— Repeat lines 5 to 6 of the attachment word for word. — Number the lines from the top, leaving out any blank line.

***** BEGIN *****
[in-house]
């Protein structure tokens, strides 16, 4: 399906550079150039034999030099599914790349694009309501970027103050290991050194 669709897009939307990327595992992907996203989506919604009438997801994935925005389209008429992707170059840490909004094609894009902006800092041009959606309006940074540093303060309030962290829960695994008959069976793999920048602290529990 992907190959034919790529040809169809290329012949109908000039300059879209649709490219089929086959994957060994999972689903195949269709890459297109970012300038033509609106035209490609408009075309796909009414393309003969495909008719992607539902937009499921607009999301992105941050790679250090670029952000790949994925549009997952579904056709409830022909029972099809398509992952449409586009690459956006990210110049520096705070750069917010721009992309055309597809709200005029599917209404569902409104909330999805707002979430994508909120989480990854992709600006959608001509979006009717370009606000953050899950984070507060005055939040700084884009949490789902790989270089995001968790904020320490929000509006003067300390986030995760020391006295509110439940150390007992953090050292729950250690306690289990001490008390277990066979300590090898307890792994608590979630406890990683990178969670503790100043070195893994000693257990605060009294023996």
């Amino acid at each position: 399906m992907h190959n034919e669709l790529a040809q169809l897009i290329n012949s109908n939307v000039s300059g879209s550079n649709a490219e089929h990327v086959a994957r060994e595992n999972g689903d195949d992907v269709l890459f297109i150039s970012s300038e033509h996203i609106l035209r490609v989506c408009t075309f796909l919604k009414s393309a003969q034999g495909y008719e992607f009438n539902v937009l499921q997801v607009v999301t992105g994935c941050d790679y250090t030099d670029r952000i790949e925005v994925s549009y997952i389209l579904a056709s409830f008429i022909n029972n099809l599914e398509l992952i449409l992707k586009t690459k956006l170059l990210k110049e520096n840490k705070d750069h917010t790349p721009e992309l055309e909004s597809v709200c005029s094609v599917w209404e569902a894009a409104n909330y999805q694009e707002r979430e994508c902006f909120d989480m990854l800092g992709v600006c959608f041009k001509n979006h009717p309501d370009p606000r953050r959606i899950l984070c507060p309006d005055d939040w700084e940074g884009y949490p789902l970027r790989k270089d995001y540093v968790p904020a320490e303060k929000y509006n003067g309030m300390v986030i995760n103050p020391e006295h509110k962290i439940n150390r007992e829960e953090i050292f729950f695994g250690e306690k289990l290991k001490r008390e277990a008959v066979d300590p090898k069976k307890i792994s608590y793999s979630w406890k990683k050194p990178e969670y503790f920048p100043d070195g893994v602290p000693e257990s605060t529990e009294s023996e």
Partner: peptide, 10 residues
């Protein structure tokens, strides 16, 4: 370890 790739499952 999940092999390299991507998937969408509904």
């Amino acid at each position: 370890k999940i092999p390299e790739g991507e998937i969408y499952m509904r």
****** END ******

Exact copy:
């Protein structure tokens, strides 16, 4: 370890 790739499952 999940092999390299991507998937969408509904």
């Amino acid at each position: 370890k999940i092999p390299e790739g991507e998937i969408y499952m509904r």